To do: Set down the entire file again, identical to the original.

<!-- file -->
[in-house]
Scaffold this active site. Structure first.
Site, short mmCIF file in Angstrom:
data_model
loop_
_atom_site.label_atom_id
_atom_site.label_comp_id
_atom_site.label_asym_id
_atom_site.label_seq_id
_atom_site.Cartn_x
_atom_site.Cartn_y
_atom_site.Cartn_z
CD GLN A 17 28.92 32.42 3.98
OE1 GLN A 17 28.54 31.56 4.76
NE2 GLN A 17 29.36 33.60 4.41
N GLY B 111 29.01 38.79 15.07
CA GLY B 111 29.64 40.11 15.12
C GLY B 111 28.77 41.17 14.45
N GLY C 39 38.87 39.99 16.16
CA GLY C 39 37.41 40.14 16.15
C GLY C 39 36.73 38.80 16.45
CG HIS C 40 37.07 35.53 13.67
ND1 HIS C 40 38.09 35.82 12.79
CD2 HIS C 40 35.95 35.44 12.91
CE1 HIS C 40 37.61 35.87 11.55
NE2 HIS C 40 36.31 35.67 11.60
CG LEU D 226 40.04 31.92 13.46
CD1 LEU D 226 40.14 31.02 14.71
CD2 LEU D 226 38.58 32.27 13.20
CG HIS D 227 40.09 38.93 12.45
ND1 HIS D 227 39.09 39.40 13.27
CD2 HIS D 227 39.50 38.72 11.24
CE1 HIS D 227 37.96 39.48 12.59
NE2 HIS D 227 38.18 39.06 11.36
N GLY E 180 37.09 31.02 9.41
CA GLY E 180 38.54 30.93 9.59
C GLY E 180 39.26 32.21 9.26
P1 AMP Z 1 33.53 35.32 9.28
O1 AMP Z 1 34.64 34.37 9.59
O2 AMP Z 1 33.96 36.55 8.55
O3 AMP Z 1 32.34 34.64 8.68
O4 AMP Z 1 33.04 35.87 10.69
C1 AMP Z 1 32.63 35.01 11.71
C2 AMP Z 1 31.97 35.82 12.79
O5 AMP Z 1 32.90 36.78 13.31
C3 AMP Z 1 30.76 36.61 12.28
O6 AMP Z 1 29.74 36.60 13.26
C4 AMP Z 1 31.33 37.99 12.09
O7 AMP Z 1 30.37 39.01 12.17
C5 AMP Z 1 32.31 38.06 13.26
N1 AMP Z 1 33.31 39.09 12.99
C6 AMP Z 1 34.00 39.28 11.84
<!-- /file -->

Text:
[in-house]
Scaffold this active site. Structure first.
Site, short mmCIF file in Angstrom:
data_model
loop_
_atom_site.label_atom_id
_atom_site.label_comp_id
_atom_site.label_asym_id
_atom_site.label_seq_id
_atom_site.Cartn_x
_atom_site.Cartn_y
_atom_site.Cartn_z
CD GLN A 17 28.92 32.42 3.98
OE1 GLN A 17 28.54 31.56 4.76
NE2 GLN A 17 29.36 33.60 4.41
N GLY B 111 29.01 38.79 15.07
CA GLY B 111 29.64 40.11 15.12
C GLY B 111 28.77 41.17 14.45
N GLY C 39 38.87 39.99 16.16
CA GLY C 39 37.41 40.14 16.15
C GLY C 39 36.73 38.80 16.45
CG HIS C 40 37.07 35.53 13.67
ND1 HIS C 40 38.09 35.82 12.79
CD2 HIS C 40 35.95 35.44 12.91
CE1 HIS C 40 37.61 35.87 11.55
NE2 HIS C 40 36.31 35.67 11.60
CG LEU D 226 40.04 31.92 13.46
CD1 LEU D 226 40.14 31.02 14.71
CD2 LEU D 226 38.58 32.27 13.20
CG HIS D 227 40.09 38.93 12.45
ND1 HIS D 227 39.09 39.40 13.27
CD2 HIS D 227 39.50 38.72 11.24
CE1 HIS D 227 37.96 39.48 12.59
NE2 HIS D 227 38.18 39.06 11.36
N GLY E 180 37.09 31.02 9.41
CA GLY E 180 38.54 30.93 9.59
C GLY E 180 39.26 32.21 9.26
P1 AMP Z 1 33.53 35.32 9.28
O1 AMP Z 1 34.64 34.37 9.59
O2 AMP Z 1 33.96 36.55 8.55
O3 AMP Z 1 32.34 34.64 8.68
O4 AMP Z 1 33.04 35.87 10.69
C1 AMP Z 1 32.63 35.01 11.71
C2 AMP Z 1 31.97 35.82 12.79
O5 AMP Z 1 32.90 36.78 13.31
C3 AMP Z 1 30.76 36.61 12.28
O6 AMP Z 1 29.74 36.60 13.26
C4 AMP Z 1 31.33 37.99 12.09
O7 AMP Z 1 30.37 39.01 12.17
C5 AMP Z 1 32.31 38.06 13.26
N1 AMP Z 1 33.31 39.09 12.99
C6 AMP Z 1 34.00 39.28 11.84